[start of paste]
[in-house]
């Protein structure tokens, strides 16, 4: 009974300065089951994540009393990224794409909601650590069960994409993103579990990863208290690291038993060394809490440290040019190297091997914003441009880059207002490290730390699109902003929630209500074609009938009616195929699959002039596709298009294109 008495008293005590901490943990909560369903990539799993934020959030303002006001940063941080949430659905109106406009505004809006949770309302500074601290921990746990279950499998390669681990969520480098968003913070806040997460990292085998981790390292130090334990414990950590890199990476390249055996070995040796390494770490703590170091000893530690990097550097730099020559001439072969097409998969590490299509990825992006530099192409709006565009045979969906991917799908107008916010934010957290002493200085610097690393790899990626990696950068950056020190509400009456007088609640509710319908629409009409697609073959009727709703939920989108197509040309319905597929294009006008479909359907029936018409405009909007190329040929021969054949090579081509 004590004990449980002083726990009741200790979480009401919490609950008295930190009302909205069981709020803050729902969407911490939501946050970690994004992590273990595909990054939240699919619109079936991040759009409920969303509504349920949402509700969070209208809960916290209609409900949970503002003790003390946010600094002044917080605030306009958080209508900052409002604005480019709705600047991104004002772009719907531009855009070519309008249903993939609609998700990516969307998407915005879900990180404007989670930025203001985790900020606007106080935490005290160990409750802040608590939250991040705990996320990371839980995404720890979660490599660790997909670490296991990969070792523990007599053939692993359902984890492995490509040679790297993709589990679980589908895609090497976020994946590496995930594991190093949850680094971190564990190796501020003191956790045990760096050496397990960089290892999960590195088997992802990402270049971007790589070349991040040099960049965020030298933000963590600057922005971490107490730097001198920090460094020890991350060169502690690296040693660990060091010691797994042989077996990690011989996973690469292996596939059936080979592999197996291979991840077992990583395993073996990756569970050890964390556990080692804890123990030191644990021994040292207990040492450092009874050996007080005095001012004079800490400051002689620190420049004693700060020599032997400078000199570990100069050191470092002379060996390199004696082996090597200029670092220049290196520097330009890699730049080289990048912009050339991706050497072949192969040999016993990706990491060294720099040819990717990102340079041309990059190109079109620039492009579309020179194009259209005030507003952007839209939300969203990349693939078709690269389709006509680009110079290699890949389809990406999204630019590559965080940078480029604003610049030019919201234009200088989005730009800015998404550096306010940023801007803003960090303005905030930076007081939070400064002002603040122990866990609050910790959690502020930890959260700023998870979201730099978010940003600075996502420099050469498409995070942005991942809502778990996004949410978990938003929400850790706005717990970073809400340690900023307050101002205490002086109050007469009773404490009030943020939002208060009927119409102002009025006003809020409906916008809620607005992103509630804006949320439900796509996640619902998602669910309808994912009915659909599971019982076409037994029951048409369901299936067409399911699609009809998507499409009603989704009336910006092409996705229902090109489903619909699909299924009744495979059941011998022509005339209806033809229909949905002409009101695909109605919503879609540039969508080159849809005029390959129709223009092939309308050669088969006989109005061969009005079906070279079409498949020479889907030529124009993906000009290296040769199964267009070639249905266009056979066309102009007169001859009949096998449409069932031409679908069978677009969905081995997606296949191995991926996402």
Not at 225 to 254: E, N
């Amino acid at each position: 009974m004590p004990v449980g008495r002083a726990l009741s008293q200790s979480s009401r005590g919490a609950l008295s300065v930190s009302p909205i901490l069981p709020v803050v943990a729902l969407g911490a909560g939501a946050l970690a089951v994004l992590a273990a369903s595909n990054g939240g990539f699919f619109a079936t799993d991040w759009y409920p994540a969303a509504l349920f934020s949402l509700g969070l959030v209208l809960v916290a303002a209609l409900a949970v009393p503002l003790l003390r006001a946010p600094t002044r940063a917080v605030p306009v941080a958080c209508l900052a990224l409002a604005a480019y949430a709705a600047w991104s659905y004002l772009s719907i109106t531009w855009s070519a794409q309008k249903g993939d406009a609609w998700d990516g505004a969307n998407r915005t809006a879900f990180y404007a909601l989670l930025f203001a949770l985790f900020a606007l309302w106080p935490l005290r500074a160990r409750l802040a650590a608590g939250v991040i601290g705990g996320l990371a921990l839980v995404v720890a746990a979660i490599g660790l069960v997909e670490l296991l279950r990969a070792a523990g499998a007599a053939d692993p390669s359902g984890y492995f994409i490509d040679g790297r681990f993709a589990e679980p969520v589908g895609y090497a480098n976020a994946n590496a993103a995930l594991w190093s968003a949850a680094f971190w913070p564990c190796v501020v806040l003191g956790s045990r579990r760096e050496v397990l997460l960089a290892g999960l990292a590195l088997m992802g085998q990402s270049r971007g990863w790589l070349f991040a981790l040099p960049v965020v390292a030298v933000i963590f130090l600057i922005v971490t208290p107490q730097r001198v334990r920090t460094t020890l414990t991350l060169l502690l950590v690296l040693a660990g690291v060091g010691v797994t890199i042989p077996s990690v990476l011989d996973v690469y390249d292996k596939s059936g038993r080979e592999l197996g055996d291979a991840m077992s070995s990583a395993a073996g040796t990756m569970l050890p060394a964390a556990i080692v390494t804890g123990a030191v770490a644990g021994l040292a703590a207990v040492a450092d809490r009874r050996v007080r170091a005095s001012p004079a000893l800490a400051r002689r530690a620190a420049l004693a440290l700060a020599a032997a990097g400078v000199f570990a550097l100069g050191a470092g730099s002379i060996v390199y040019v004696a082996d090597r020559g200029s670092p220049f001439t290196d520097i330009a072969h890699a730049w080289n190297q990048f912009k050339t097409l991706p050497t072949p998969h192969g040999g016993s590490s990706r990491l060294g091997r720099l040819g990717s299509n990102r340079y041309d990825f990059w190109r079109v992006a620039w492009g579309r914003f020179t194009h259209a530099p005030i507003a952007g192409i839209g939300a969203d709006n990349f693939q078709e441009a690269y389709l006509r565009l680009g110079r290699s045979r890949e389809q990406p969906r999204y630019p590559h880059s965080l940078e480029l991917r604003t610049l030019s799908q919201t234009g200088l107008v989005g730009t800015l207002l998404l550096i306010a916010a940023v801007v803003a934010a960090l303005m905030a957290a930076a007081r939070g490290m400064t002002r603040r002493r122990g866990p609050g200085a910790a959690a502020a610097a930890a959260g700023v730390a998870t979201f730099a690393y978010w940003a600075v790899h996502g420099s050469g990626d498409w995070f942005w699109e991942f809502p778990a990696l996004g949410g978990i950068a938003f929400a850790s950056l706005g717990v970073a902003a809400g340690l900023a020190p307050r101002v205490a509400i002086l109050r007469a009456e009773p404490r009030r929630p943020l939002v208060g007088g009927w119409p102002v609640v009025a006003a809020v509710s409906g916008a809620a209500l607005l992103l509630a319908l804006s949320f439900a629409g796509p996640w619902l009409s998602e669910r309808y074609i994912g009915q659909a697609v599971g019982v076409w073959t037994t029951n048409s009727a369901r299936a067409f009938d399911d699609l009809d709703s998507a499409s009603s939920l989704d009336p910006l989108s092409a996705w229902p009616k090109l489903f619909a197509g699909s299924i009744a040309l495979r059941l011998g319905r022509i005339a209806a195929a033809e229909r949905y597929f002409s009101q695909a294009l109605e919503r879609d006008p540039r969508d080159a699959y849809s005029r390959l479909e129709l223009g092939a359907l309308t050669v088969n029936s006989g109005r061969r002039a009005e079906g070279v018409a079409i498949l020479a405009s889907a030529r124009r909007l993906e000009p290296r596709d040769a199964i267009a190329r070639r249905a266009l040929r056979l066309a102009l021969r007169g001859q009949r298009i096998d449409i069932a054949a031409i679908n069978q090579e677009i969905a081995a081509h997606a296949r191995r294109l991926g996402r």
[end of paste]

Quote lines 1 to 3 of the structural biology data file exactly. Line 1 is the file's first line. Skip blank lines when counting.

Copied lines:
[in-house]
């Protein structure tokens, strides 16, 4: 009974300065089951994540009393990224794409909601650590069960994409993103579990990863208290690291038993060394809490440290040019190297091997914003441009880059207002490290730390699109902003929630209500074609009938009616195929699959002039596709298009294109 008495008293005590901490943990909560369903990539799993934020959030303002006001940063941080949430659905109106406009505004809006949770309302500074601290921990746990279950499998390669681990969520480098968003913070806040997460990292085998981790390292130090334990414990950590890199990476390249055996070995040796390494770490703590170091000893530690990097550097730099020559001439072969097409998969590490299509990825992006530099192409709006565009045979969906991917799908107008916010934010957290002493200085610097690393790899990626990696950068950056020190509400009456007088609640509710319908629409009409697609073959009727709703939920989108197509040309319905597929294009006008479909359907029936018409405009909007190329040929021969054949090579081509 004590004990449980002083726990009741200790979480009401919490609950008295930190009302909205069981709020803050729902969407911490939501946050970690994004992590273990595909990054939240699919619109079936991040759009409920969303509504349920949402509700969070209208809960916290209609409900949970503002003790003390946010600094002044917080605030306009958080209508900052409002604005480019709705600047991104004002772009719907531009855009070519309008249903993939609609998700990516969307998407915005879900990180404007989670930025203001985790900020606007106080935490005290160990409750802040608590939250991040705990996320990371839980995404720890979660490599660790997909670490296991990969070792523990007599053939692993359902984890492995490509040679790297993709589990679980589908895609090497976020994946590496995930594991190093949850680094971190564990190796501020003191956790045990760096050496397990960089290892999960590195088997992802990402270049971007790589070349991040040099960049965020030298933000963590600057922005971490107490730097001198920090460094020890991350060169502690690296040693660990060091010691797994042989077996990690011989996973690469292996596939059936080979592999197996291979991840077992990583395993073996990756569970050890964390556990080692804890123990030191644990021994040292207990040492450092009874050996007080005095001012004079800490400051002689620190420049004693700060020599032997400078000199570990100069050191470092002379060996390199004696082996090597200029670092220049290196520097330009890699730049080289990048912009050339991706050497072949192969040999016993990706990491060294720099040819990717990102340079041309990059190109079109620039492009579309020179194009259209005030507003952007839209939300969203990349693939078709690269389709006509680009110079290699890949389809990406999204630019590559965080940078480029604003610049030019919201234009200088989005730009800015998404550096306010940023801007803003960090303005905030930076007081939070400064002002603040122990866990609050910790959690502020930890959260700023998870979201730099978010940003600075996502420099050469498409995070942005991942809502778990996004949410978990938003929400850790706005717990970073809400340690900023307050101002205490002086109050007469009773404490009030943020939002208060009927119409102002009025006003809020409906916008809620607005992103509630804006949320439900796509996640619902998602669910309808994912009915659909599971019982076409037994029951048409369901299936067409399911699609009809998507499409009603989704009336910006092409996705229902090109489903619909699909299924009744495979059941011998022509005339209806033809229909949905002409009101695909109605919503879609540039969508080159849809005029390959129709223009092939309308050669088969006989109005061969009005079906070279079409498949020479889907030529124009993906000009290296040769199964267009070639249905266009056979066309102009007169001859009949096998449409069932031409679908069978677009969905081995997606296949191995991926996402």
Not at 225 to 254: E, N